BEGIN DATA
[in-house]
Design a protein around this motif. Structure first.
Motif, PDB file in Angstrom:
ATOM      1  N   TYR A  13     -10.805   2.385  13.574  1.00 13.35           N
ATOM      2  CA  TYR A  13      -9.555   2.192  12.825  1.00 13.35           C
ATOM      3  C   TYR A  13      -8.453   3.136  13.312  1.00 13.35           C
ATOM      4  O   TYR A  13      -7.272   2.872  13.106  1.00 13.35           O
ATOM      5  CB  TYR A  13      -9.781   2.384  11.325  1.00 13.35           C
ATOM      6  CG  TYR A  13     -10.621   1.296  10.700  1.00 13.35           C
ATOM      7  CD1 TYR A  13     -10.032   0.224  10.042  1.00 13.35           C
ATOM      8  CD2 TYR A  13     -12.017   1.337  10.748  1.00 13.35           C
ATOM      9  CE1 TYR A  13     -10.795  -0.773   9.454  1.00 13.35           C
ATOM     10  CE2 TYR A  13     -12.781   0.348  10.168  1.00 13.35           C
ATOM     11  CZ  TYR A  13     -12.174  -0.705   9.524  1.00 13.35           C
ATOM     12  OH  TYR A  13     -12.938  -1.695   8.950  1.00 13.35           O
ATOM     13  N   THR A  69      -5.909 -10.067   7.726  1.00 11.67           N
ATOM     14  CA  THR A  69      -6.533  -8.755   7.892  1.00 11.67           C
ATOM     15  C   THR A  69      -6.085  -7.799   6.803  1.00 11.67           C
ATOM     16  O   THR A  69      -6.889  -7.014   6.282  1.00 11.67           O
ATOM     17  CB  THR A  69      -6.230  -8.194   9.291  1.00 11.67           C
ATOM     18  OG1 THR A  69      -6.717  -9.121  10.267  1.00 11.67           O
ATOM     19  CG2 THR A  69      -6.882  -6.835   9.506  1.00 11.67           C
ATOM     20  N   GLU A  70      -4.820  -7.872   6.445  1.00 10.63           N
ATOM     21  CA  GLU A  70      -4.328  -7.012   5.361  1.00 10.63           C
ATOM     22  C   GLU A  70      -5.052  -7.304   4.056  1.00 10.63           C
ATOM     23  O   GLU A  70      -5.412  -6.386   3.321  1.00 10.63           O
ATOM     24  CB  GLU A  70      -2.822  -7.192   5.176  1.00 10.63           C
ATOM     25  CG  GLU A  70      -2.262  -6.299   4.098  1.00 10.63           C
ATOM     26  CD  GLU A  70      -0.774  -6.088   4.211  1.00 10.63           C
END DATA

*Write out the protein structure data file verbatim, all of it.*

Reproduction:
[in-house]
Design a protein around this motif. Structure first.
Motif, PDB file in Angstrom:
ATOM      1  N   TYR A  13     -10.805   2.385  13.574  1.00 13.35           N
ATOM      2  CA  TYR A  13      -9.555   2.192  12.825  1.00 13.35           C
ATOM      3  C   TYR A  13      -8.453   3.136  13.312  1.00 13.35           C
ATOM      4  O   TYR A  13      -7.272   2.872  13.106  1.00 13.35           O
ATOM      5  CB  TYR A  13      -9.781   2.384  11.325  1.00 13.35           C
ATOM      6  CG  TYR A  13     -10.621   1.296  10.700  1.00 13.35           C
ATOM      7  CD1 TYR A  13     -10.032   0.224  10.042  1.00 13.35           C
ATOM      8  CD2 TYR A  13     -12.017   1.337  10.748  1.00 13.35           C
ATOM      9  CE1 TYR A  13     -10.795  -0.773   9.454  1.00 13.35           C
ATOM     10  CE2 TYR A  13     -12.781   0.348  10.168  1.00 13.35           C
ATOM     11  CZ  TYR A  13     -12.174  -0.705   9.524  1.00 13.35           C
ATOM     12  OH  TYR A  13     -12.938  -1.695   8.950  1.00 13.35           O
ATOM     13  N   THR A  69      -5.909 -10.067   7.726  1.00 11.67           N
ATOM     14  CA  THR A  69      -6.533  -8.755   7.892  1.00 11.67           C
ATOM     15  C   THR A  69      -6.085  -7.799   6.803  1.00 11.67           C
ATOM     16  O   THR A  69      -6.889  -7.014   6.282  1.00 11.67           O
ATOM     17  CB  THR A  69      -6.230  -8.194   9.291  1.00 11.67           C
ATOM     18  OG1 THR A  69      -6.717  -9.121  10.267  1.00 11.67           O
ATOM     19  CG2 THR A  69      -6.882  -6.835   9.506  1.00 11.67           C
ATOM     20  N   GLU A  70      -4.820  -7.872   6.445  1.00 10.63           N
ATOM     21  CA  GLU A  70      -4.328  -7.012   5.361  1.00 10.63           C
ATOM     22  C   GLU A  70      -5.052  -7.304   4.056  1.00 10.63           C
ATOM     23  O   GLU A  70      -5.412  -6.386   3.321  1.00 10.63           O
ATOM     24  CB  GLU A  70      -2.822  -7.192   5.176  1.00 10.63           C
ATOM     25  CG  GLU A  70      -2.262  -6.299   4.098  1.00 10.63           C
ATOM     26  CD  GLU A  70      -0.774  -6.088   4.211  1.00 10.63           C